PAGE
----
I would like to start off by issuing a clarification. I received a note from an alert reader regarding my column “Letter to Daughter Doing National Service Abroad” a few weeks ago. I spoke about how if the girls are doing national service abroad, and if they need extra money, they could babysit.
As my daughter is a dual US/Israeli citizen, it never occurred to me that for pure Israelis, it’s actually illegal to work, as their visa is solely for national service. I actually mentioned this to my daughter, and she said, “Yes that’s correct. During our seminar, they repeatedly mentioned that the girls in the US on visas are prohibited from working.”
Be careful, and sorry for the confusion.
I am writing this column from the North, as we are vacationing in Israel. I guess someone needs to vacation locally! We just got back from a nighttime activity, bowling. I will refrain from giving my opinion on the culture, or lack thereof, of bowling in this country. Bowling in flip-flops, someone from another lane walking in front of you as you are set to release the ball – hey, all is good!
When you bowl, the goal is to knock down as many pins as possible. It doesn’t really matter how the ball is rolled down the lane, as long as the maximum number of pins fall. We played with bumpers, which adds a new dimension to the game. Taking advantage of that help, my youngest, NEK, scored a personal best. A certain other child decided that standing backward and kicking the ball with a heel, or combining the game with American football and hiking the ball down the lane, would be most effective. Ultimately, it’s the result that is important.
Asset allocation: It's just like bowling
In certain respects, the same is true with your asset allocation. There may be many ways to allocate a portfolio, but most important is the result and that the investor’s goals and needs are achieved.
Mike Piper of Oblivious Investor writes: “When you make a cake, you start out with a bunch of dry powdery white stuff (flour, sugar, baking powder, salt), some eggs, and some butter. And when you’re finished, the final product doesn’t look anything like those ingredients with which you began. It’s magic. The whole is greater than the sum of its parts. And if you mess it up even a little bit (e.g., you leave out a teaspoon of baking powder), it can be a disaster. Many people in the investment industry will tell you that asset allocation is like baking a cake. If you get it just right, in precisely this way (and definitely not that way), you’ll have something magical.”
Like Piper, I strongly disagree with this approach. It’s really not like baking. If you leave out an ingredient, the cake may be ruined, but if you leave out a 3% allocation to emerging markets, your portfolio will be okay over the long term. All you need to do is Google “asset allocation models,” and you will find many different approaches on how to build various portfolios. Just like bowing, where you can use spin, roll it straight, roll it standing backward, or even rolling the ball down the lane as fast as you can, as long as you hit as many pins as possible, you are in good shape.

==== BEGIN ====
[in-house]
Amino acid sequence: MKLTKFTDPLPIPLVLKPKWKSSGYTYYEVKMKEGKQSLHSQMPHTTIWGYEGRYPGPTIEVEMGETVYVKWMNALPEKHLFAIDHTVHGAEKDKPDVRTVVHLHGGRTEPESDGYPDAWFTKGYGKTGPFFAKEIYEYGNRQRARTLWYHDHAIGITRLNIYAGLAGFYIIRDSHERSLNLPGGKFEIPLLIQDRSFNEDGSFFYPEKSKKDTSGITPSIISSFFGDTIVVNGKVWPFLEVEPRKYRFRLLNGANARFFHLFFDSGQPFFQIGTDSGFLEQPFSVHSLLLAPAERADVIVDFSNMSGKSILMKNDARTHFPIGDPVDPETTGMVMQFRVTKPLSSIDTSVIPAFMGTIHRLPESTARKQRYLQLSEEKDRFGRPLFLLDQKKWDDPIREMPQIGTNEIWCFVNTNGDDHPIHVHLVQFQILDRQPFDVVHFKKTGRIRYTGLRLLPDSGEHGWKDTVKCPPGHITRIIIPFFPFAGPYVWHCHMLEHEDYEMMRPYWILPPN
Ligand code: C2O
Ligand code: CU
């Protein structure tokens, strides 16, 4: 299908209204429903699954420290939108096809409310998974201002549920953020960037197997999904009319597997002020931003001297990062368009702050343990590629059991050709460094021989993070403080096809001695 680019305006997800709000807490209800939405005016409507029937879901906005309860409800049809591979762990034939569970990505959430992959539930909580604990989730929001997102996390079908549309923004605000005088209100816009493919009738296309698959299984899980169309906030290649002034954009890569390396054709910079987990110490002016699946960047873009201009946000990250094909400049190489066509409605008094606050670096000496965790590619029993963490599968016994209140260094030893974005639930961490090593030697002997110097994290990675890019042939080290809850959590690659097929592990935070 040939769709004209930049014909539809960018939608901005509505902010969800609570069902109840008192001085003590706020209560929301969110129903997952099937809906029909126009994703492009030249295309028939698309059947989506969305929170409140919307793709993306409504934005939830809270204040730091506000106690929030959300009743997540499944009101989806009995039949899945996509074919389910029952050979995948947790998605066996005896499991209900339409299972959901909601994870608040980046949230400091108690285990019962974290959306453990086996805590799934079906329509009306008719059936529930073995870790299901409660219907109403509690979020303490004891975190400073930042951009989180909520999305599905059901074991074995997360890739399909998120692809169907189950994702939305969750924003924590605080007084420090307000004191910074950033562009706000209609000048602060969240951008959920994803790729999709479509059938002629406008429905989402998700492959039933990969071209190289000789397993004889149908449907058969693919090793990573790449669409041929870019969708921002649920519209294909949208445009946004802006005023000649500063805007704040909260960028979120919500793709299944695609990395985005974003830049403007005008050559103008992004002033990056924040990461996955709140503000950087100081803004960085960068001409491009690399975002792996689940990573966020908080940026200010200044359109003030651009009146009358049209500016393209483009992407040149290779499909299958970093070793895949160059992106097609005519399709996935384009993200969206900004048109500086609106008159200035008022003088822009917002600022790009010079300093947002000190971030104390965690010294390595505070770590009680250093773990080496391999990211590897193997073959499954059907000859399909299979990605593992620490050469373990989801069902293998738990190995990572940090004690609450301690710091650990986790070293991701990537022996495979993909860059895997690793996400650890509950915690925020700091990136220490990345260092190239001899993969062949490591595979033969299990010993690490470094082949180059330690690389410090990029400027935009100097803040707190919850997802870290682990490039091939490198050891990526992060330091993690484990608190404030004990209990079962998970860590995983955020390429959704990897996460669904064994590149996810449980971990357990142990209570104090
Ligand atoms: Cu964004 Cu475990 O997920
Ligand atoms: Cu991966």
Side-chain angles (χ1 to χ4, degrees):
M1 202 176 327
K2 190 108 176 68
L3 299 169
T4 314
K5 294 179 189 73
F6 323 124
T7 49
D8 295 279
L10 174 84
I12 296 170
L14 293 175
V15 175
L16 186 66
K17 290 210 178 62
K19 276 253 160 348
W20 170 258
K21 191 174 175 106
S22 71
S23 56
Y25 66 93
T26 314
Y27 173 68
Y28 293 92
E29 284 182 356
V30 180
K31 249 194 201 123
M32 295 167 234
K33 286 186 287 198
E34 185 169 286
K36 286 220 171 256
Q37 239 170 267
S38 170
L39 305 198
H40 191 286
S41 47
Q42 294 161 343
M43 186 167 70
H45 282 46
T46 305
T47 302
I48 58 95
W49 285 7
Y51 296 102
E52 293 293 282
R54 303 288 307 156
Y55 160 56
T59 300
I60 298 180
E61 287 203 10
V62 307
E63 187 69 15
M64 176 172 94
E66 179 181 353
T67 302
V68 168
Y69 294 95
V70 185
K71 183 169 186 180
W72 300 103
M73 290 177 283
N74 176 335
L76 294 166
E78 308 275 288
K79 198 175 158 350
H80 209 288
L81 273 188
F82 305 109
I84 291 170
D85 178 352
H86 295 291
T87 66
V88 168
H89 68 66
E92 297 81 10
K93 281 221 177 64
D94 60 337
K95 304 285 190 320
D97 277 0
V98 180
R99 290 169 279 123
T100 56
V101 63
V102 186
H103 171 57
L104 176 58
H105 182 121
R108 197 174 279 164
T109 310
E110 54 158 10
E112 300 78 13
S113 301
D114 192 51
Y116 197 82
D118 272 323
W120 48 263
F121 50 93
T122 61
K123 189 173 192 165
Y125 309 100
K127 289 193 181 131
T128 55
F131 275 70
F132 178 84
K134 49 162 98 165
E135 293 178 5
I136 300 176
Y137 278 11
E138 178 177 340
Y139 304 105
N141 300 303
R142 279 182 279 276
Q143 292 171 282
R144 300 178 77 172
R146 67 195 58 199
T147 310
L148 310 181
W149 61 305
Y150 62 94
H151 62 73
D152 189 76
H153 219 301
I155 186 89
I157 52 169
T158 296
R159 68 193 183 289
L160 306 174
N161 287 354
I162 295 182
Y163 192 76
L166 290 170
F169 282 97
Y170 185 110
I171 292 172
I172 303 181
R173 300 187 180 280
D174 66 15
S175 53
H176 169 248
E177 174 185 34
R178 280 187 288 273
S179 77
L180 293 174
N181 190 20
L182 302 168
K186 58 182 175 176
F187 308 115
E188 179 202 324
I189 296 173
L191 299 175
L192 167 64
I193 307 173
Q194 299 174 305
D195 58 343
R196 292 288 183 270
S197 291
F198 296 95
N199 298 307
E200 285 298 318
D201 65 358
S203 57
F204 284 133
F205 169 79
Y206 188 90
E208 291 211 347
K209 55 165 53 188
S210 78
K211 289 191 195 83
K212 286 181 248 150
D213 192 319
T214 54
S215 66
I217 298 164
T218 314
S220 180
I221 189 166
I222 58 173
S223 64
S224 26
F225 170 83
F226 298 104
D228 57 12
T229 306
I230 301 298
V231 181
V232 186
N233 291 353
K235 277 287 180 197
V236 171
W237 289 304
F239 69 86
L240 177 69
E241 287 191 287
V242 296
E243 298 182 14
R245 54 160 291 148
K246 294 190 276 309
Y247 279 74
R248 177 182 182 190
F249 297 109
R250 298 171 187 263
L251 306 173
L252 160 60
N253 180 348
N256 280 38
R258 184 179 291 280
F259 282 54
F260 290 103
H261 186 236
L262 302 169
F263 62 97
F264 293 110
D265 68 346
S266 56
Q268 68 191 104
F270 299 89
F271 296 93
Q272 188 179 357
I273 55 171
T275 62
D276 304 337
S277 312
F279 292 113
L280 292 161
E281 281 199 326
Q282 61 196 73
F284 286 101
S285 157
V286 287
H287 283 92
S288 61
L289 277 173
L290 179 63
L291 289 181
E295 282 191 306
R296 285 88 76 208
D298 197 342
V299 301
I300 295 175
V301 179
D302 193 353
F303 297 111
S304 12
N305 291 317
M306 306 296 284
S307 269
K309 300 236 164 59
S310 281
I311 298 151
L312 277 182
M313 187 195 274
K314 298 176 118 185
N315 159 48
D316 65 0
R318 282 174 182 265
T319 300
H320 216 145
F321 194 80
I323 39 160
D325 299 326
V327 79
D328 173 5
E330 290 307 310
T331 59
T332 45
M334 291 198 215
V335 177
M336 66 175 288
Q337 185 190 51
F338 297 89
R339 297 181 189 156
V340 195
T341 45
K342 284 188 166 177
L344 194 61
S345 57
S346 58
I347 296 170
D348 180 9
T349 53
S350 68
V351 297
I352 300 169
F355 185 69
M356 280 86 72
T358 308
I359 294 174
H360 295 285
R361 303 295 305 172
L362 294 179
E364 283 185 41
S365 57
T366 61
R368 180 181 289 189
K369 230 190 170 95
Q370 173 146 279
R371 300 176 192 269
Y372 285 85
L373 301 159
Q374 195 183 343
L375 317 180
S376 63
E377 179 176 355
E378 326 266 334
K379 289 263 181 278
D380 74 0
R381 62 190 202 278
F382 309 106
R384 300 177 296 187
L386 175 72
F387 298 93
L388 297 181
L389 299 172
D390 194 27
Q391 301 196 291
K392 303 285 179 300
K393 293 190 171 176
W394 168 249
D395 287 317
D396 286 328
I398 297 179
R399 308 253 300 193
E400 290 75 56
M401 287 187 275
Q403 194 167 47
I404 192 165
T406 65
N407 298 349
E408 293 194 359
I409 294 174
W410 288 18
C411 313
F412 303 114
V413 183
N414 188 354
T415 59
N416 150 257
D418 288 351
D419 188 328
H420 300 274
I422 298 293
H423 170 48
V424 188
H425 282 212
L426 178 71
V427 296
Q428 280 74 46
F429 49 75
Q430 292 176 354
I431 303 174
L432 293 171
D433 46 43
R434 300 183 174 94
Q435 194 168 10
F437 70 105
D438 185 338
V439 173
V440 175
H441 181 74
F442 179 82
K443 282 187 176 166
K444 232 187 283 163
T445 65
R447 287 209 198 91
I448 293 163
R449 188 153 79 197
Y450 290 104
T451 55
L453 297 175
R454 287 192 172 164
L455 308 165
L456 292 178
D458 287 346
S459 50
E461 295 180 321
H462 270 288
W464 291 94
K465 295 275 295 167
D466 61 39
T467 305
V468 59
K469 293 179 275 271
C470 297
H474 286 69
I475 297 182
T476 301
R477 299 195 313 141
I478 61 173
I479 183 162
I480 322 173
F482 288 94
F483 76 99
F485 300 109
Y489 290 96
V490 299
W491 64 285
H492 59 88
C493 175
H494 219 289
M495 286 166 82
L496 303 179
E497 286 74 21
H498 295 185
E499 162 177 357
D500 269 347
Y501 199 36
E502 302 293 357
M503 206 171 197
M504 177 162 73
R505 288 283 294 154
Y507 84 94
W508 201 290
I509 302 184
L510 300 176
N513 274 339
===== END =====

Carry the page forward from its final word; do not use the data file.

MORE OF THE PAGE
Piper continues: “Asset allocation is like making a fruit salad. If you put in more blueberries, nothing magical happens, nor is there any disaster. Your fruit salad just has more blueberries. We can’t even say whether that’s necessarily a good thing or a bad thing; it depends entirely on how you feel about blueberries. If you add more risky stuff, okay, now your portfolio is a little riskier. If you add more safe stuff, okay, now your portfolio is a little safer. That’s it. There’s no magic. If you choose to have just three to four ingredients in your fruit salad instead of seven, that’s fine. It will still get the job done. There’s not one single recipe that beats the others. There are plenty of functional recipes. And you don’t have to be super precise about it – a little more or less of something than you had intended is not a disaster.”
Getting the right asset allocation is more of a function of your personal financial goals and needs. Can the money sit and grow? Is it to be used to generate supplemental income? Maybe you need a combination of some growth and income. Do you plan on gifting to children? Buying an apartment in the next 18 months?
In many cases, each of these goals would be a cause to allocate assets differently. That’s why the first step, even before investing the money, is to sit down and define what it is that you want to accomplish with the money. Once you have successfully defined what your goals and needs are, then you can go ahead and allocate your investments.
The information in this article reflects the opinion of the author and not necessarily the opinion of Portfolio Resources Group, Inc. or its affiliates.
Aaron Katsman is the author of Retirement GPS: How to Navigate Your Way to A Secure Financial Future with Global Investing.